By Karen Isaacs
Fitting a large scale musical on a smaller stage can either diminish the work, or bring it into sharper focus.
In the case of Ragtime, now at Music Theater of Connecticut (MTC) through Oct 13, it increases the impact of the show. So much so, that I wish the show were running longer; it is almost totally sold out.
Once again Kevin Connors has proven his directorial chops in giving the show room to brief and never letting us feel that it needs more; more sets or more people. The cast has just 15 members.
The musical is based on E. L. Doctorow’s novel of the same name which intertwined three stories while also including real historic figures.
The musical, with book by Terrence McNally, music by Stephen Flaherty and lyrics by Lynn Ahrens, does the same. So Harry Houdini, JP Morgan, Booker T. Washington, Emma Goldman and Evelyn Nesbitt are all characters in the show. They help to set the mood, provide commentary and move the story along.
The plot begins with a well-to-do family in New Rochelle: Mother, Father, their young son, Grandfather and the Mother’s younger brother. They live in a privileged world in 1906, seemingly removed from anything that is disagreeable.
But into their lives (or really into Mother’s and her brother’s lives) the changing American world shows them the reality. First is the discovery of a newborn black child in their garden. While Father is away on an adventure in the Arctic, Mother takes in the child and Sarah, the child’s mother. Soon that brings into their lives, Coalhouse Walker, Jr. He’s the child’s father and a popular and successful ragtime pianist in Harlem.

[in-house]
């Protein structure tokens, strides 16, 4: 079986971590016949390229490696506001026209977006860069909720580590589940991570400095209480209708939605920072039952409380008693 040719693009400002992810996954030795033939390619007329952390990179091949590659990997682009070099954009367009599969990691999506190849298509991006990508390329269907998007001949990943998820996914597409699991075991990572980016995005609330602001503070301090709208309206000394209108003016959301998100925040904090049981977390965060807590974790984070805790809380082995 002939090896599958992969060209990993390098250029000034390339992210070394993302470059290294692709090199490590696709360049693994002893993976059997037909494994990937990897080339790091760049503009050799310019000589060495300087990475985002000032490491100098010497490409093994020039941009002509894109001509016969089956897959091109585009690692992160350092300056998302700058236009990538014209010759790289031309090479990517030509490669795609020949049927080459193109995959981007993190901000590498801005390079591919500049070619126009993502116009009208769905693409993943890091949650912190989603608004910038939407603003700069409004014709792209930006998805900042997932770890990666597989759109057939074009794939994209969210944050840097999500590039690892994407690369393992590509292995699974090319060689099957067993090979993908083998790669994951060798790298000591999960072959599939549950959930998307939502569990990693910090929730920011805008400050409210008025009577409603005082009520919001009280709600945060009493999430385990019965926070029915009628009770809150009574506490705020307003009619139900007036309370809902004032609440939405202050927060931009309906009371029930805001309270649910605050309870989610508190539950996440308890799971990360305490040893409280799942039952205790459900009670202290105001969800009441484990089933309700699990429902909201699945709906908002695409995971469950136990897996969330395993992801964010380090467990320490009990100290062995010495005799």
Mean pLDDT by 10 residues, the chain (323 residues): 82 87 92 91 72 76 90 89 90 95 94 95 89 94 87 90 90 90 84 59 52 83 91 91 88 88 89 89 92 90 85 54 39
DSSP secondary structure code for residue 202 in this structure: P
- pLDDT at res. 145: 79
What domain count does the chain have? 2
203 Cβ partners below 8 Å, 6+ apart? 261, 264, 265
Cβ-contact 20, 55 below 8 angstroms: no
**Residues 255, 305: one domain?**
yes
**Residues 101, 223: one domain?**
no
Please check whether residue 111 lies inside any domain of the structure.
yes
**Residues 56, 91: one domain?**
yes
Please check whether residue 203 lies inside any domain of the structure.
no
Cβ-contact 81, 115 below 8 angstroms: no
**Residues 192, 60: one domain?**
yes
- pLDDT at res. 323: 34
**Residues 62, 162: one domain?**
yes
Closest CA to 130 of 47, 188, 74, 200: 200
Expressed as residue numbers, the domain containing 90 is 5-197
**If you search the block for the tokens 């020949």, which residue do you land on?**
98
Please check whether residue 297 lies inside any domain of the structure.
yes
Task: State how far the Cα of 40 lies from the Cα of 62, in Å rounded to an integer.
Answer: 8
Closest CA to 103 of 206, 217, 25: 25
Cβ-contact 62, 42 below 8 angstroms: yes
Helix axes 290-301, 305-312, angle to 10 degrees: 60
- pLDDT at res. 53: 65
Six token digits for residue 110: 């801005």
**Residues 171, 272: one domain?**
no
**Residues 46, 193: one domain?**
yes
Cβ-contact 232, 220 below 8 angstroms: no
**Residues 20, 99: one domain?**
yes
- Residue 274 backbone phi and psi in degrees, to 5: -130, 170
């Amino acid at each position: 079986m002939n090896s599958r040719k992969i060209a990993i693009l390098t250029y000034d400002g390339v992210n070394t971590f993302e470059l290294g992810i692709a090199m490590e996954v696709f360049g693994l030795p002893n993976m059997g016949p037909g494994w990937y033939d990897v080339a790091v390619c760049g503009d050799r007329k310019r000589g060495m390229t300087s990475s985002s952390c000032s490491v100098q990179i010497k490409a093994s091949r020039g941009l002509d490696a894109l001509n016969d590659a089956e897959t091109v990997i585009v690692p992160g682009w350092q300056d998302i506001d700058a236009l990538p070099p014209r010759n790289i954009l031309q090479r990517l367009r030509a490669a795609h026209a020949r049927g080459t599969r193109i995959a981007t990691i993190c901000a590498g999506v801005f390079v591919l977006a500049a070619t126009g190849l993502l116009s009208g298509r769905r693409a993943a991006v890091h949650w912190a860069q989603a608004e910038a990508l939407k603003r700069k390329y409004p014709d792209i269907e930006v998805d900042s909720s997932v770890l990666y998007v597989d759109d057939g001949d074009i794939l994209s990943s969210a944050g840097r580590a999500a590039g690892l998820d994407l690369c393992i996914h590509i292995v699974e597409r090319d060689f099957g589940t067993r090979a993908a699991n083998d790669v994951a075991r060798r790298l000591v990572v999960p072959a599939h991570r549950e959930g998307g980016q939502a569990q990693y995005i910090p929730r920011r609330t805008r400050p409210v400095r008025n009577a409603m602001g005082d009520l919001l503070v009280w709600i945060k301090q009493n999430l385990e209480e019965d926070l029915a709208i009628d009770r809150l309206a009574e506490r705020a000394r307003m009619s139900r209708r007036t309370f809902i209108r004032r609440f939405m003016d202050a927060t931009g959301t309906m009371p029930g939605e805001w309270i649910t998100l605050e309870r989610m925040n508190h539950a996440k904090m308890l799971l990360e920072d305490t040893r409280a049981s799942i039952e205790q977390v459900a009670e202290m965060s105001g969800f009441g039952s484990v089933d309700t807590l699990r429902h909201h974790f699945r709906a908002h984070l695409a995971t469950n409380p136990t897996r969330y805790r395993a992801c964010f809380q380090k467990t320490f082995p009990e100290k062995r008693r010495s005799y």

A chance encounter at the train station, brings Tateh, an Eastern European Jewish immigrant and his young daughter into Mother’s life. It will be a while before these two meet up again, but in the meantime we see his struggles and the low wages and deplorable working conditions so many immigrants endured.
By the time Father returns, the family’s lives have been upended and Mother and her brother have changed dramatically. As the song in the show says, “we can never go back to before.”
The show is filled with music reminiscent of the popular music of the period, from Coalhouse’s ragtime, to vaudeville numbers but also to modern musical theater ballads. If you haven’t heard some of these – “Sarah Brown Eyes,” “Goodbye, My Love,” “The Crime of the Century,” and “Make Them Here You” – you will find they not only move the story along but will stay in your memory.
Connors has assembled a fine cast, many of whom have performed at the theater before. The real find is Ezekiel Andrew as Coalhouse Walker. Andrew has both opera and musical theater credits and he brings all his talents to bear on the character of Coalhouse. At times he breaks your heart. As Sarah, Soara-Joye Ross does a very good job but she doesn’t quite match him in emotional intensity.
Juliet Lambert Pratt as Mother, shows us the woman who is slowly coming out of her cocoon and discovering that she has opinions. Plus, she has a beautiful soprano voice. Dennis Holland is a fine Father, bewildered as he sees all that he believes in, slowly crumbling around him.
Other standouts in the cast are Mia Scarpa as Emma Goldman, Jessica Molly Schwartz as Evelyn Nesbit, and Jacob Sundlie as Younger Brother.
Jessie Lizotte has created a simple scenic design that easily transforms into the multiple locations of the story. Dian Vanderkroef’s costumes are perfect for the period.
A special nod must be given to music director/pianist David Wolfson and Mark Ceppetelli, the other pianist. This show has a great deal of music; their fingers must be exhausted by the finale.
If you can get a ticket, try to see Ragtime at MTC in Norwalk. Call, 203-454-3883 or visit MTC .